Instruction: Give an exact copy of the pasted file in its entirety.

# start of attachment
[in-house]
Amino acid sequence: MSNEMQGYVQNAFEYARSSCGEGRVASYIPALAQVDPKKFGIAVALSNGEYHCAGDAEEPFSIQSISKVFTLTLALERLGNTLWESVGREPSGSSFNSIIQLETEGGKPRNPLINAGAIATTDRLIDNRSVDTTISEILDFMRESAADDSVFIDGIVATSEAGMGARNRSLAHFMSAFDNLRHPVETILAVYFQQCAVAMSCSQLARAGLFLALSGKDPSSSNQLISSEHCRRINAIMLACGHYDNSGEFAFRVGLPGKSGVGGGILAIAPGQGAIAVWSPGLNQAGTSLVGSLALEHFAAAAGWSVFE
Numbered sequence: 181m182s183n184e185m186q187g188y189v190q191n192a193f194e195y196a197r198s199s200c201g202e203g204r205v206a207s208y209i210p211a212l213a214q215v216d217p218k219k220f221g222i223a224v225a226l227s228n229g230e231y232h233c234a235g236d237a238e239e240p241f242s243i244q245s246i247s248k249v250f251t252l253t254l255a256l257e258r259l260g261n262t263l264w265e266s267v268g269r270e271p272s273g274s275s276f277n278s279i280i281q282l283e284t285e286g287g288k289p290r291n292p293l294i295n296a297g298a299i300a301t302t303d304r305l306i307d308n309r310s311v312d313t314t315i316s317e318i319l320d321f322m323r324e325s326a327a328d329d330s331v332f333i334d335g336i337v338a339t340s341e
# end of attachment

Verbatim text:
[in-house]
Amino acid sequence: MSNEMQGYVQNAFEYARSSCGEGRVASYIPALAQVDPKKFGIAVALSNGEYHCAGDAEEPFSIQSISKVFTLTLALERLGNTLWESVGREPSGSSFNSIIQLETEGGKPRNPLINAGAIATTDRLIDNRSVDTTISEILDFMRESAADDSVFIDGIVATSEAGMGARNRSLAHFMSAFDNLRHPVETILAVYFQQCAVAMSCSQLARAGLFLALSGKDPSSSNQLISSEHCRRINAIMLACGHYDNSGEFAFRVGLPGKSGVGGGILAIAPGQGAIAVWSPGLNQAGTSLVGSLALEHFAAAAGWSVFE
Numbered sequence: 181m182s183n184e185m186q187g188y189v190q191n192a193f194e195y196a197r198s199s200c201g202e203g204r205v206a207s208y209i210p211a212l213a214q215v216d217p218k219k220f221g222i223a224v225a226l227s228n229g230e231y232h233c234a235g236d237a238e239e240p241f242s243i244q245s246i247s248k249v250f251t252l253t254l255a256l257e258r259l260g261n262t263l264w265e266s267v268g269r270e271p272s273g274s275s276f277n278s279i280i281q282l283e284t285e286g287g288k289p290r291n292p293l294i295n296a297g298a299i300a301t302t303d304r305l306i307d308n309r310s311v312d313t314t315i316s317e318i319l320d321f322m323r324e325s326a327a328d329d330s331v332f333i334d335g336i337v338a339t340s341e